Accounting incorporates a degree of theory in order to understand why and how to perform calculations.
Ethics is an integral part of accounting, embedded in each decision we make that forms the basis of day-to-day practices and behaviour. Therefore effort is required in order to understand ethical concepts whilst we are studying as their application in the workplace is wide reaching and significant.
Three fundamental areas that are essential to understand
Firstly, AAT’s Code of Professional Ethics is a principles-based code rather than a rules-based one. In other words it adopts an integrity centred approach which expects its members to want to do the right thing rather than just follow rules.
Some rules are clear cut, we can all agree on the rules in sports. However, rules can sometimes be arbitrary and lack the flexibility to deal with situations in an ethical way. Even a straightforward situation such as how a batsman gets out in cricket, is complicated by the possibility of them being given out ‘leg before wicket’ if the batsman blocks the stumps with their legs.
The laws of cricket are written in great detail, covering every foreseeable scenario. These are enforced by the umpire. But this is more difficult for businesses and organisations. They can write rules-based codes but as we all have different thoughts and views about moral issues and fairness, if we disagree with the rules there can be a temptation to break them or find a way of bending them.
There is also the question of how many rules are included. Sports continually change their rules as new situations develop. However, the number of new situations that can develop is limited, unlike in business where the range of issues is potentially vast; from human resources to advertising and marketing, accounting and environmental concerns and so on. Often there are too many situations that can arise, each with different circumstances that could influence an ethical outcome. If a rule-based code is thought to be too big, no one will read it anyway. Businesses and organisations therefore need to find other ways of defining and enforcing business ethics.
Adopting a system grounded by values that focus on fundamental principles is the alternative to prescribing rules. By trusting that as individuals we want to be honest, fair and truthful, the principles approach removes the need to lay down rules for every situation and circumstance that businesses encounter. For AAT’s Code of Professional Ethics these are the five fundamental principles:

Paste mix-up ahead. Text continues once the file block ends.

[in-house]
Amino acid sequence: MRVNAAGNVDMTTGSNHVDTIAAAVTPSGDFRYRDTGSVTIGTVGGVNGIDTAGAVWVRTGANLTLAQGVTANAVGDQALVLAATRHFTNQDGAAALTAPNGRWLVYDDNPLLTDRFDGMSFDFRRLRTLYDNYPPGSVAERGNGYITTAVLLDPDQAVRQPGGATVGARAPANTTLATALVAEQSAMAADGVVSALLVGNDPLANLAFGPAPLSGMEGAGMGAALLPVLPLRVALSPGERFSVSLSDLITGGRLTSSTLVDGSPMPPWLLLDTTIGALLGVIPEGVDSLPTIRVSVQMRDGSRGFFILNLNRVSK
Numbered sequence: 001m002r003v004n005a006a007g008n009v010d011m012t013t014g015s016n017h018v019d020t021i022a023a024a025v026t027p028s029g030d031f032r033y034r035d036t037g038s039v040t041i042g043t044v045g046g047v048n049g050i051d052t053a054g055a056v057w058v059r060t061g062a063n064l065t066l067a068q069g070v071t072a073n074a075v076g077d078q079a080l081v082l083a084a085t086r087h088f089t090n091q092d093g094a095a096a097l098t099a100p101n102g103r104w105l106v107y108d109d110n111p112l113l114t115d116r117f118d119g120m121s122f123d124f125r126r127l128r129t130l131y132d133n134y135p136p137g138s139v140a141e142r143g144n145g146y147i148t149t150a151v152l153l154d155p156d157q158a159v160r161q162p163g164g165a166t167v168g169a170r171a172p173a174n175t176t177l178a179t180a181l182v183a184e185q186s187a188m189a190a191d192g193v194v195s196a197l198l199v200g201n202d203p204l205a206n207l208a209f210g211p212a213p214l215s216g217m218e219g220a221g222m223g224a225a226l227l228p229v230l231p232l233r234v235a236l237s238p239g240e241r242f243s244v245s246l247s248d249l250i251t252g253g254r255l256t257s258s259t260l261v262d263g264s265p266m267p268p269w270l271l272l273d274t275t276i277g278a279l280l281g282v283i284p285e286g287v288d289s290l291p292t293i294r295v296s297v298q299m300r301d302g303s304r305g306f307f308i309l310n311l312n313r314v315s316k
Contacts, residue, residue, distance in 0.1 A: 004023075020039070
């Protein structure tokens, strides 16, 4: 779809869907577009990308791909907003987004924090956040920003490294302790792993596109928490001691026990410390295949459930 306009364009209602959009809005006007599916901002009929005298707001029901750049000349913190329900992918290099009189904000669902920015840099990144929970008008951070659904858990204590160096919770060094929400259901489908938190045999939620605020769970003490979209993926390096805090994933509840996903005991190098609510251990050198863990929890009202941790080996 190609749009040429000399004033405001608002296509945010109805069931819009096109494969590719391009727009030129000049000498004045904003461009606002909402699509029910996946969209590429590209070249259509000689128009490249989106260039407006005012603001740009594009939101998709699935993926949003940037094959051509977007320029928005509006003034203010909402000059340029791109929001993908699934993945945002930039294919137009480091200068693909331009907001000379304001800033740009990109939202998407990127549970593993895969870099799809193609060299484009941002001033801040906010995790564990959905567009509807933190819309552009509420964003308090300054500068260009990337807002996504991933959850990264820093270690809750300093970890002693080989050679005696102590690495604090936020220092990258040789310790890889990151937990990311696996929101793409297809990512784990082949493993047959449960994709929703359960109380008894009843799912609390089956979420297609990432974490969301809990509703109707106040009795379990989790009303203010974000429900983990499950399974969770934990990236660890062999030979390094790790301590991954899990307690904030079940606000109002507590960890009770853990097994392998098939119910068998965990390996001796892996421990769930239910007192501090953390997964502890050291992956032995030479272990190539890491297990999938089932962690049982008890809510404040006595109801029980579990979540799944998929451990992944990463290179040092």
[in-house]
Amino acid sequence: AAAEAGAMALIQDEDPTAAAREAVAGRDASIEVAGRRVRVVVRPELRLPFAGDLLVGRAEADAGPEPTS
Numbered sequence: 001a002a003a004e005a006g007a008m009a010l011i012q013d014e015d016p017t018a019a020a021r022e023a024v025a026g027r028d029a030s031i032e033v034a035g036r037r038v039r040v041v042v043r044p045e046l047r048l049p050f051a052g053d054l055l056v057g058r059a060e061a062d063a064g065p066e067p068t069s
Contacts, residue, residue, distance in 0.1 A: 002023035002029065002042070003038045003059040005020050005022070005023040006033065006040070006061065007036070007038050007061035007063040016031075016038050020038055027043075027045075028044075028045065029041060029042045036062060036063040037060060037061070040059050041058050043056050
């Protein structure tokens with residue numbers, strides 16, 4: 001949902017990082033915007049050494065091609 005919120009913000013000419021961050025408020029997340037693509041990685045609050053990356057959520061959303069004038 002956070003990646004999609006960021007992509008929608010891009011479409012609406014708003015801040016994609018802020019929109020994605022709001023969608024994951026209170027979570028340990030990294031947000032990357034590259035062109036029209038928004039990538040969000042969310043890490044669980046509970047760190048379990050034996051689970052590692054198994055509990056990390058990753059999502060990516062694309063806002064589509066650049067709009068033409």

- Professional Behaviour
- Professional competence and due care
Using a principle-based code allows more flexibility. In theory it should be simpler than trawling through lots of rules but in practice it requires everyone who is bound by it to understand it and use diligent professional judgement to uphold it.
One way for an organisation to implement a successful principles-based code is to incorporate a conceptual framework, which AAT’s does. This is the second area we need to think about so we are clear about what a conceptual framework is and what impact it has.
Let’s start with what it is. A concept is a general notion or idea that is intangible and sometimes hard to define. A conceptual framework pulls together theoretical ideas about a topic, like ethics, and organises them in a way that is easy to remember and apply in practice. Conceptual frameworks are not just used in accountancy, but are written for a variety of purposes in lots of fields such as education, research and development, entertainment and science.
We have already seen that AAT’s Code of Professional Ethics is based on the five fundamental principles listed above. As AAT members do not have a set of rules to follow the conceptual framework requires them to identify and evaluate situations and circumstances that would threaten their ability to comply with the fundamental principles. It also obliges them to respond appropriately to the threats and put suitable safeguards in place to reduce the threats to an acceptable level, or eliminate them entirely.
The final area we are going to consider is what status a code has. AAT’s Code of Professional Ethics is a voluntary code as opposed to a statutory one. The difference is that a voluntary code has no legal status but a statutory one does.
In order for a code to be statutory it must be created under legislation. It will most likely be regulated by an organisation independent of the industry it covers and companies will have no choice but to enforce it as its legal status makes it mandatory.
However, a voluntary code is often written by businesses and organisations that are self-regulated as a way of generating and maintaining high professional standards and reputations. Whilst there may be no legal requirement to have and implement a voluntary code, employees and members of businesses and organisations that do, will be required to uphold them as a condition of their employment or membership.
Gill Myers has taught AAT qualifications since 2005.